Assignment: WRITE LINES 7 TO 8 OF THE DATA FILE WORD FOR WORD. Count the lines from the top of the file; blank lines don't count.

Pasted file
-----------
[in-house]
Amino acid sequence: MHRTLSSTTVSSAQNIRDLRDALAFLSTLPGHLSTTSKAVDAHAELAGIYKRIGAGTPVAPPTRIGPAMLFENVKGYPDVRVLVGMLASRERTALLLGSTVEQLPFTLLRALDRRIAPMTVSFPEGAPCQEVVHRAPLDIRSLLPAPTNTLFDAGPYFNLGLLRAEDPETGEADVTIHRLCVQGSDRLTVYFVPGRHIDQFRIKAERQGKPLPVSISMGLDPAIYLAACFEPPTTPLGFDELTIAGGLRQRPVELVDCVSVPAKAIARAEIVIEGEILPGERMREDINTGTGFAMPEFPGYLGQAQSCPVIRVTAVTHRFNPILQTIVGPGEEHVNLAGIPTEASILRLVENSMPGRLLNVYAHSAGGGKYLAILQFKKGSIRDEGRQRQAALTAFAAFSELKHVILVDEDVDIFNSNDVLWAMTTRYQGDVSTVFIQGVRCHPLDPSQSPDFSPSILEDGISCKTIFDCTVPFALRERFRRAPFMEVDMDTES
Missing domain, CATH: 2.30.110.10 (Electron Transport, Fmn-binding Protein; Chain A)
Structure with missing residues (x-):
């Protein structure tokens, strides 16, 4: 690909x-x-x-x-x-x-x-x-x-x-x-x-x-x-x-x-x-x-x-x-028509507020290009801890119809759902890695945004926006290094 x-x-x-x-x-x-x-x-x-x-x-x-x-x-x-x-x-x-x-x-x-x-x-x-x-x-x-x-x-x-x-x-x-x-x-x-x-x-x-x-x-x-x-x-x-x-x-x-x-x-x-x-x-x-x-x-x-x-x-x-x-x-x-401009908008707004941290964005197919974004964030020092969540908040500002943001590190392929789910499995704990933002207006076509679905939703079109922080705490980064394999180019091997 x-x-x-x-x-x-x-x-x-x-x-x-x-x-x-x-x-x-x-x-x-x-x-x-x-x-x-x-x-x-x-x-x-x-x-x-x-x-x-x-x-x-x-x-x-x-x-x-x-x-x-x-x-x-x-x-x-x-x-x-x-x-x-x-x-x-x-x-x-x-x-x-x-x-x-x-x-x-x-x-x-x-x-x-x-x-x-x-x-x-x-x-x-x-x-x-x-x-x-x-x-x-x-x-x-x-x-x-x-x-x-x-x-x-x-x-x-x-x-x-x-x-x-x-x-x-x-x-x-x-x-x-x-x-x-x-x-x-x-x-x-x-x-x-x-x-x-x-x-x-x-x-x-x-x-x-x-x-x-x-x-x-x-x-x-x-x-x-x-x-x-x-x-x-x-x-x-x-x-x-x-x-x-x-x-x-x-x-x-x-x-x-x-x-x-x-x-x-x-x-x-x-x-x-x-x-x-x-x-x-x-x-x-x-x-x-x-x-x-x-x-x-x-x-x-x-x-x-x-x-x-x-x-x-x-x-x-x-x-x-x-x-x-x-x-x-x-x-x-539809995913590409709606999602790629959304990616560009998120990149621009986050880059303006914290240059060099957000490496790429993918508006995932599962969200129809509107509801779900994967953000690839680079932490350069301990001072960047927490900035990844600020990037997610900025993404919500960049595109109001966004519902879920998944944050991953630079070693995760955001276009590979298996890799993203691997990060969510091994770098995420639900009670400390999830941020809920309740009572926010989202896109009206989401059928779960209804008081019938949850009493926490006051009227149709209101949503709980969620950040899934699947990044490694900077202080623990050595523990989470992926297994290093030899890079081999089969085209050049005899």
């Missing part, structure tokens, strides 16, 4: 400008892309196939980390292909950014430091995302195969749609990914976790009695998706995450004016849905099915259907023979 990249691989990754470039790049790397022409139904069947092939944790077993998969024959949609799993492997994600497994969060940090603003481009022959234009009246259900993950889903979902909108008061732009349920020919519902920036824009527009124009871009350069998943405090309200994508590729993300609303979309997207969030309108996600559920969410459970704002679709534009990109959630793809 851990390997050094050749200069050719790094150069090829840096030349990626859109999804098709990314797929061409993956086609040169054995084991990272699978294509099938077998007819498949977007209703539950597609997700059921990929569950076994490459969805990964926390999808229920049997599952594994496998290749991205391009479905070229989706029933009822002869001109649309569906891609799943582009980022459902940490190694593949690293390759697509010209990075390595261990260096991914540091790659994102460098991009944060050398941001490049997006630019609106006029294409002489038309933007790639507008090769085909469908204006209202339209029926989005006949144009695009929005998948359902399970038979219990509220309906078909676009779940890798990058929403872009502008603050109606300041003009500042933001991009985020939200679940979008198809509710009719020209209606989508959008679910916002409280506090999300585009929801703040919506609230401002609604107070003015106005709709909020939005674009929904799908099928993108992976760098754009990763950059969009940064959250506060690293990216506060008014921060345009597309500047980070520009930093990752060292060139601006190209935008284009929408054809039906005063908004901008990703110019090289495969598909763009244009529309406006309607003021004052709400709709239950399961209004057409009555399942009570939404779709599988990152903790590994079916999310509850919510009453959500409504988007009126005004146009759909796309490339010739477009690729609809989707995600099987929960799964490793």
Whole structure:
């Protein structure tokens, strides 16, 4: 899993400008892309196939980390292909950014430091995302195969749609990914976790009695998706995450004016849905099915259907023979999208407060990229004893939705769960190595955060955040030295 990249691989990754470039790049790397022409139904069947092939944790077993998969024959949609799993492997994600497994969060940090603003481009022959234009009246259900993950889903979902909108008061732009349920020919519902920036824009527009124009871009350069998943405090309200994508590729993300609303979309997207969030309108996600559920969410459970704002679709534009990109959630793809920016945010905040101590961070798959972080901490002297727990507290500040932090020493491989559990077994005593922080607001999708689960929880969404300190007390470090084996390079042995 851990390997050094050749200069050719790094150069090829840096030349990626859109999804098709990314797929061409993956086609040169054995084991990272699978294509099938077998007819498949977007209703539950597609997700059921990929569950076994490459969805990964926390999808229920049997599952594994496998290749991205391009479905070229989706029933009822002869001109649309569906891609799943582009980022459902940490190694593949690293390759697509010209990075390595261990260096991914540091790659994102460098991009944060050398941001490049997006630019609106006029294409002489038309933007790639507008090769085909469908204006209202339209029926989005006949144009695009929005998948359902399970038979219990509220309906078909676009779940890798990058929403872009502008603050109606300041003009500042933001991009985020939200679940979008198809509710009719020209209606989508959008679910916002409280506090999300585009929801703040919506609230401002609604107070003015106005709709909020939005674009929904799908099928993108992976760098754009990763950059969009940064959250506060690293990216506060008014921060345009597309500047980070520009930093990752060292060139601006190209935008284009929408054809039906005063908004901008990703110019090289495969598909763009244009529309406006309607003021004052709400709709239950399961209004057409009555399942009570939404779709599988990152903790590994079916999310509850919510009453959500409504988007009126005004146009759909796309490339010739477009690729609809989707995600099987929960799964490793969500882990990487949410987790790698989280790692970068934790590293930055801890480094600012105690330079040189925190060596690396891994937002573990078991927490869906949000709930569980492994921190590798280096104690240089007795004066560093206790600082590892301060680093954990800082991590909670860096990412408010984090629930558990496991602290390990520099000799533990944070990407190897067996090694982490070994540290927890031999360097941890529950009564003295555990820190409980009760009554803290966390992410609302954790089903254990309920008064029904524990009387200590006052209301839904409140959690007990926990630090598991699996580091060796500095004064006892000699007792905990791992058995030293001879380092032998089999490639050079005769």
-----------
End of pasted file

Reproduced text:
Whole structure:
């Protein structure tokens, strides 16, 4: 899993400008892309196939980390292909950014430091995302195969749609990914976790009695998706995450004016849905099915259907023979999208407060990229004893939705769960190595955060955040030295 990249691989990754470039790049790397022409139904069947092939944790077993998969024959949609799993492997994600497994969060940090603003481009022959234009009246259900993950889903979902909108008061732009349920020919519902920036824009527009124009871009350069998943405090309200994508590729993300609303979309997207969030309108996600559920969410459970704002679709534009990109959630793809920016945010905040101590961070798959972080901490002297727990507290500040932090020493491989559990077994005593922080607001999708689960929880969404300190007390470090084996390079042995 851990390997050094050749200069050719790094150069090829840096030349990626859109999804098709990314797929061409993956086609040169054995084991990272699978294509099938077998007819498949977007209703539950597609997700059921990929569950076994490459969805990964926390999808229920049997599952594994496998290749991205391009479905070229989706029933009822002869001109649309569906891609799943582009980022459902940490190694593949690293390759697509010209990075390595261990260096991914540091790659994102460098991009944060050398941001490049997006630019609106006029294409002489038309933007790639507008090769085909469908204006209202339209029926989005006949144009695009929005998948359902399970038979219990509220309906078909676009779940890798990058929403872009502008603050109606300041003009500042933001991009985020939200679940979008198809509710009719020209209606989508959008679910916002409280506090999300585009929801703040919506609230401002609604107070003015106005709709909020939005674009929904799908099928993108992976760098754009990763950059969009940064959250506060690293990216506060008014921060345009597309500047980070520009930093990752060292060139601006190209935008284009929408054809039906005063908004901008990703110019090289495969598909763009244009529309406006309607003021004052709400709709239950399961209004057409009555399942009570939404779709599988990152903790590994079916999310509850919510009453959500409504988007009126005004146009759909796309490339010739477009690729609809989707995600099987929960799964490793969500882990990487949410987790790698989280790692970068934790590293930055801890480094600012105690330079040189925190060596690396891994937002573990078991927490869906949000709930569980492994921190590798280096104690240089007795004066560093206790600082590892301060680093954990800082991590909670860096990412408010984090629930558990496991602290390990520099000799533990944070990407190897067996090694982490070994540290927890031999360097941890529950009564003295555990820190409980009760009554803290966390992410609302954790089903254990309920008064029904524990009387200590006052209301839904409140959690007990926990630090598991699996580091060796500095004064006892000699007792905990791992058995030293001879380092032998089999490639050079005769």